Drug delivery systems are engineered structures used to protect, transport, and release a pharmaceutical compound in a controlled manner. Compared to traditional drugs, nanotechnology-based drug delivery systems have several advantages, including high surface area-to-volume ratio for efficient drug loading, improved targeting due to their small size allowing them to overcome biological barriers, enhanced drug solubility and physical stability in biological media, ease of surface functionalization to sense, image, diagnose and deliver pharmaceuticals by the conjugation of biological targeting moieties, controlled dissolution rates/drug bioavailability, reduced adverse side effects, and size similarity to interact with, and modulate biological component.[20-22]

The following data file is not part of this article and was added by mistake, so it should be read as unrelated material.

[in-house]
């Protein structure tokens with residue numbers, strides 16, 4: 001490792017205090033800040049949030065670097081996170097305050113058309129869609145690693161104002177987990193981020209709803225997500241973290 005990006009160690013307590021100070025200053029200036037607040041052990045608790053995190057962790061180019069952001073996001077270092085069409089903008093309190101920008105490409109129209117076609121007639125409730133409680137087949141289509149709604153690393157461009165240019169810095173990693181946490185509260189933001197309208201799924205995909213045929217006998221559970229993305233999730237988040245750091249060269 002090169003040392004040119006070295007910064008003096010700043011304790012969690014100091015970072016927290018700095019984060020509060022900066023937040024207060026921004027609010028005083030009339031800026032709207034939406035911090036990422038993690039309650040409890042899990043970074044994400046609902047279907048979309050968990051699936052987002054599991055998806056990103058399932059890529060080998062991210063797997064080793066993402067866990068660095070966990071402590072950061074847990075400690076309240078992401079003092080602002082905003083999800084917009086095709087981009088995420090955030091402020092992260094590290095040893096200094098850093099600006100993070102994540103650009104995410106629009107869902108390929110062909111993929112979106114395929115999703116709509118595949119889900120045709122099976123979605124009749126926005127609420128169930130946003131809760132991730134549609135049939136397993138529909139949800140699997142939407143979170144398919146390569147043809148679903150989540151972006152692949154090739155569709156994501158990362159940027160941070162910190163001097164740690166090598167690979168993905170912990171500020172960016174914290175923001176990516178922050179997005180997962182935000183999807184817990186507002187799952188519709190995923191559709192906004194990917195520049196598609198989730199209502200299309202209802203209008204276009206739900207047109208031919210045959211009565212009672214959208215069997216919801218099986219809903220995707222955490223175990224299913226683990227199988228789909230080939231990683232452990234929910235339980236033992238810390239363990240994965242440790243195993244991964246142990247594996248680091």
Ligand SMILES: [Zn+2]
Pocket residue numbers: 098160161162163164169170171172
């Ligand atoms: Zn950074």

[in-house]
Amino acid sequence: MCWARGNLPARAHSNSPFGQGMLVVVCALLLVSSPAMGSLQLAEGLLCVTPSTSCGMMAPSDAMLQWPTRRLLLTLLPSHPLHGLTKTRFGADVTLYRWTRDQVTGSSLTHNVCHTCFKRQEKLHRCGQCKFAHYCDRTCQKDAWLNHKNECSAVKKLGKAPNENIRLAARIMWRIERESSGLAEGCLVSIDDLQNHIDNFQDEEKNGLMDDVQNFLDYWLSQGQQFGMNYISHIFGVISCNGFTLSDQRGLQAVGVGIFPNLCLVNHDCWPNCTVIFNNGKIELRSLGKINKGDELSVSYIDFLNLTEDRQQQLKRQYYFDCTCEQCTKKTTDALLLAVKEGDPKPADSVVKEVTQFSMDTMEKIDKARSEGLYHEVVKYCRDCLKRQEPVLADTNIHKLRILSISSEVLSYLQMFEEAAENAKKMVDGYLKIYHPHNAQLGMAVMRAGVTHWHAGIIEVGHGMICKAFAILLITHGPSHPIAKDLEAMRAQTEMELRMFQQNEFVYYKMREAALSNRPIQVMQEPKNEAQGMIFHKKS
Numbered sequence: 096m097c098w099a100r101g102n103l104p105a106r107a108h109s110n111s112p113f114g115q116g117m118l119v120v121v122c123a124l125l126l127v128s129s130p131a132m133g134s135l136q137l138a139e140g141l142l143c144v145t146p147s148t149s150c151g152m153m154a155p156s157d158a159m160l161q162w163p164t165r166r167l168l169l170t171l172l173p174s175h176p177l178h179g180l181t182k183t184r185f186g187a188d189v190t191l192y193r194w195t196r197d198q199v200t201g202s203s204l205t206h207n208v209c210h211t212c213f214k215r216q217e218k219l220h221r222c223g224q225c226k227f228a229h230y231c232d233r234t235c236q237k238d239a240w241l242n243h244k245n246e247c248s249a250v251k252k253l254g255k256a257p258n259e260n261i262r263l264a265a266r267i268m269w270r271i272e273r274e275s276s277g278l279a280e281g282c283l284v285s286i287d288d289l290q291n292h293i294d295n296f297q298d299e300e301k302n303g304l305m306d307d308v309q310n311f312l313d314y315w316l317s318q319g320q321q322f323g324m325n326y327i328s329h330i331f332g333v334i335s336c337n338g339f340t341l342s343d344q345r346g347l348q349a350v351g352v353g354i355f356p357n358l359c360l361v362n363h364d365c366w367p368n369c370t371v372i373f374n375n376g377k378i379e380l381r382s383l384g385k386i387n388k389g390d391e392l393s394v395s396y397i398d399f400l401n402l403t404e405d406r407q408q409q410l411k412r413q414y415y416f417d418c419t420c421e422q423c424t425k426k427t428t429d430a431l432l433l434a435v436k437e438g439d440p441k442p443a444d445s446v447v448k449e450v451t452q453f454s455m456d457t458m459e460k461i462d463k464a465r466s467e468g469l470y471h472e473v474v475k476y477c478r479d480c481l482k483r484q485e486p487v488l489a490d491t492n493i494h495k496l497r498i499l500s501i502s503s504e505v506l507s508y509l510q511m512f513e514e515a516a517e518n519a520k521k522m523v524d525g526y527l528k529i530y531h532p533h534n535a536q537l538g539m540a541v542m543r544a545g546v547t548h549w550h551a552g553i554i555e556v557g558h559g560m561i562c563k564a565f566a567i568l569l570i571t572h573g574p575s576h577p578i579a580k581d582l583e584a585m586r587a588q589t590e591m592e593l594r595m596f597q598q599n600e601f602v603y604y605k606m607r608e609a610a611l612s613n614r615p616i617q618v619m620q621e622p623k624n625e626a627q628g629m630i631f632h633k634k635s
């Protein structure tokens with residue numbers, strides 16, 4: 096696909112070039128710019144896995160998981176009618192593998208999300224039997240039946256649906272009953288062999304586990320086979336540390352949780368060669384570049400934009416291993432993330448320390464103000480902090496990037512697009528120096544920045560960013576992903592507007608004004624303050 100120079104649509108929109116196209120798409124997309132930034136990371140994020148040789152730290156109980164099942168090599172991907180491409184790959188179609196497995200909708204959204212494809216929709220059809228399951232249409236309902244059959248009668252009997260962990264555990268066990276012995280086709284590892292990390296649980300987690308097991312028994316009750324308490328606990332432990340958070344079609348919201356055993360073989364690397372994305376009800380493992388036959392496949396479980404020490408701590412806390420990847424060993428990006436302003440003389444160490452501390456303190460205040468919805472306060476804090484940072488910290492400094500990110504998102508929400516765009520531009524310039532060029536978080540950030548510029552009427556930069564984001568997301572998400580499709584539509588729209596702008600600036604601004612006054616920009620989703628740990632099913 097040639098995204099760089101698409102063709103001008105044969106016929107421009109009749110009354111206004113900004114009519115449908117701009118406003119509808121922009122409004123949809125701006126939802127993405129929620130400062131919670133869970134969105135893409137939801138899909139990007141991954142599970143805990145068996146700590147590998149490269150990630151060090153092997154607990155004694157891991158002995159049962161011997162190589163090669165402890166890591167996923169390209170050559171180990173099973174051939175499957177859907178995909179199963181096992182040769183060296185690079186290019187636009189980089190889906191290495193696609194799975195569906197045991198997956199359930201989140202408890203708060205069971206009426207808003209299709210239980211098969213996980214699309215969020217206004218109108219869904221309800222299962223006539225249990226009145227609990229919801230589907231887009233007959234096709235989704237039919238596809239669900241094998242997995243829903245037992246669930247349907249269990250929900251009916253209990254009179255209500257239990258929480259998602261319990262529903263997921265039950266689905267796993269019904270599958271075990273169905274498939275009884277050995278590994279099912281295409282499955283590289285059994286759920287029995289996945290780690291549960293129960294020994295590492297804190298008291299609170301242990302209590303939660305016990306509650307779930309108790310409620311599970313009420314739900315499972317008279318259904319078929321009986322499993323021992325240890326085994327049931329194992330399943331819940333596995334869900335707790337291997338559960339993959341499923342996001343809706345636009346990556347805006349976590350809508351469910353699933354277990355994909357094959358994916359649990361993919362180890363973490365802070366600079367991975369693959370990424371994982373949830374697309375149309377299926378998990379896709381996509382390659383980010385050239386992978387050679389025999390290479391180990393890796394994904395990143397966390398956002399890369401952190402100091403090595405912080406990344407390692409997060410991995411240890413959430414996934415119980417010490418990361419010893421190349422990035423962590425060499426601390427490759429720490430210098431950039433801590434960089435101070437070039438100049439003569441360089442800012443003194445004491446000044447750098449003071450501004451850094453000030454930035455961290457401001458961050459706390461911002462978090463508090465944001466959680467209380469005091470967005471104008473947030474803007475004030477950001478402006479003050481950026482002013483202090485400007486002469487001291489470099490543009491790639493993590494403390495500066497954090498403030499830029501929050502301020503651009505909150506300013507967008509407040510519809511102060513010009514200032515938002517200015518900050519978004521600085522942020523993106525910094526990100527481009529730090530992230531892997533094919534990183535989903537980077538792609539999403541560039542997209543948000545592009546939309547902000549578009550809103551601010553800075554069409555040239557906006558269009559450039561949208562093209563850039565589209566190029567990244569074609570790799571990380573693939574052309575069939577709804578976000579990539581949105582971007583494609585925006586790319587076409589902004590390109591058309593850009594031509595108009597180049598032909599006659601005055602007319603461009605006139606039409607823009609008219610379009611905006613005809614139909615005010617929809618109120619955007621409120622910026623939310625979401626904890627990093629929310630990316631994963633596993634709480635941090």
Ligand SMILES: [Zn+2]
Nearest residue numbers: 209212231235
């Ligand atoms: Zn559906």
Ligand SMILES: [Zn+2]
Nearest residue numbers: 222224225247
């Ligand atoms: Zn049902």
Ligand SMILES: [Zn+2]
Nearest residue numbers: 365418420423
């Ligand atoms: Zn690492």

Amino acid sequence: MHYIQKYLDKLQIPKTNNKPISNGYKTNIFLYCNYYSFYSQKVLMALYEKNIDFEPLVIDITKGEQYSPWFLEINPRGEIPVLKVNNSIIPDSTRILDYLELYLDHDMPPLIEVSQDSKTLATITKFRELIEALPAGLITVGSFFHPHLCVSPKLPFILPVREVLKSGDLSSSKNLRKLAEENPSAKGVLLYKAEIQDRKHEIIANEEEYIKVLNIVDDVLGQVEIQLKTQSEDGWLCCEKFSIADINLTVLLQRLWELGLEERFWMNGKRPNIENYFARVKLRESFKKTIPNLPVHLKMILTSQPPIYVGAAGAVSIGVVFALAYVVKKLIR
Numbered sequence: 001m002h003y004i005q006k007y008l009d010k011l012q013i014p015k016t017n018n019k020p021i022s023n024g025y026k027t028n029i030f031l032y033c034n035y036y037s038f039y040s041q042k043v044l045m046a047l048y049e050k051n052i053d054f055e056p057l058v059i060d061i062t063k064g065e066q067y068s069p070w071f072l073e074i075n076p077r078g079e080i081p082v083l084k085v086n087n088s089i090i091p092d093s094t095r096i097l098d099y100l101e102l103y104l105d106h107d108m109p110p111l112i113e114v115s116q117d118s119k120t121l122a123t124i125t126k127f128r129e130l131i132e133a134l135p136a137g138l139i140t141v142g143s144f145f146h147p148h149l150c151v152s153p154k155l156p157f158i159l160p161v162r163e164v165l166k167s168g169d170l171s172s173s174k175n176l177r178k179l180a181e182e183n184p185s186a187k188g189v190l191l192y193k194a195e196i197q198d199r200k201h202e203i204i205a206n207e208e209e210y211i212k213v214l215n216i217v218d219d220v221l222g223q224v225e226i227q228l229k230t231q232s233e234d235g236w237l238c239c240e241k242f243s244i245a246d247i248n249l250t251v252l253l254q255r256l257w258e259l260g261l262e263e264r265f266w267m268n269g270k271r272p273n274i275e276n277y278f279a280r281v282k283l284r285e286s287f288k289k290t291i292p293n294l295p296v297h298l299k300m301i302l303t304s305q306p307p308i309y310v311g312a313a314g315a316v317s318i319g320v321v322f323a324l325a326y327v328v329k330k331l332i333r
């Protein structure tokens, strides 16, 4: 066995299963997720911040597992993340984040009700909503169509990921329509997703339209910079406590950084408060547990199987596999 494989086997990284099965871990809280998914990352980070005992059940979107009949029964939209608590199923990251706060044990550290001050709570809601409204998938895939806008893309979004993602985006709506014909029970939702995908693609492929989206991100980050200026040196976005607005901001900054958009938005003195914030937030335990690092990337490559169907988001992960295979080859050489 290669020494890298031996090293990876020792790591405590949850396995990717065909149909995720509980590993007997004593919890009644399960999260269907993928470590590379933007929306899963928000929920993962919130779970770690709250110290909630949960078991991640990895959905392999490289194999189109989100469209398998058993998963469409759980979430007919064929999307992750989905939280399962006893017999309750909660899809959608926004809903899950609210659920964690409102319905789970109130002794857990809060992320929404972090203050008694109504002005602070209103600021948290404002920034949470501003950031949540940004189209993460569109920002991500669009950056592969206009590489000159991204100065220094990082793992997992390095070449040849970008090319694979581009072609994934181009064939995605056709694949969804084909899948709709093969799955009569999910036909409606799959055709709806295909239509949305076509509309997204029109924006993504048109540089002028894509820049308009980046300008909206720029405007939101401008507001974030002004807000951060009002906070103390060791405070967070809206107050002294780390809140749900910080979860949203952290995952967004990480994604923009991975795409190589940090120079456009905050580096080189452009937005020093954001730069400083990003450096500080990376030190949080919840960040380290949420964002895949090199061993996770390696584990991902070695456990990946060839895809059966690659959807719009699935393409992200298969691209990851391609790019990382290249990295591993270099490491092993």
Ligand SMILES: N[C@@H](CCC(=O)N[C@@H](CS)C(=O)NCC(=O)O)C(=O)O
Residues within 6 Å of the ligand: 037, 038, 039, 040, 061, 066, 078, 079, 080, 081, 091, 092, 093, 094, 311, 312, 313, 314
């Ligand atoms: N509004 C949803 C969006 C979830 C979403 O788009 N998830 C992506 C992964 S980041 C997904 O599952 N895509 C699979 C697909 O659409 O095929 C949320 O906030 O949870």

Various nanotechnology-based drug delivery vehicles, including polymeric nanoparticles, lipid nanoparticles, dendrimers, quantum dots, carbon nanotubes, and metallic nanoparticles have brought great advancements in the field of drug delivery, as well as the entire medical field.[23-27] These delivery strategies have been applied for the treatment of bone-related diseases for increasing treatment efficiency and specificity of conventional clinical therapies. Nanoparticles and nano-based scaffolds have been widely used for the treatment of bone-related diseases including osteoarthritis, osteosarcoma, cancer bone metastasis, osteoporosis, bone infections and inflammatory diseases, as well as for bone tissue repair and regeneration.[28-32]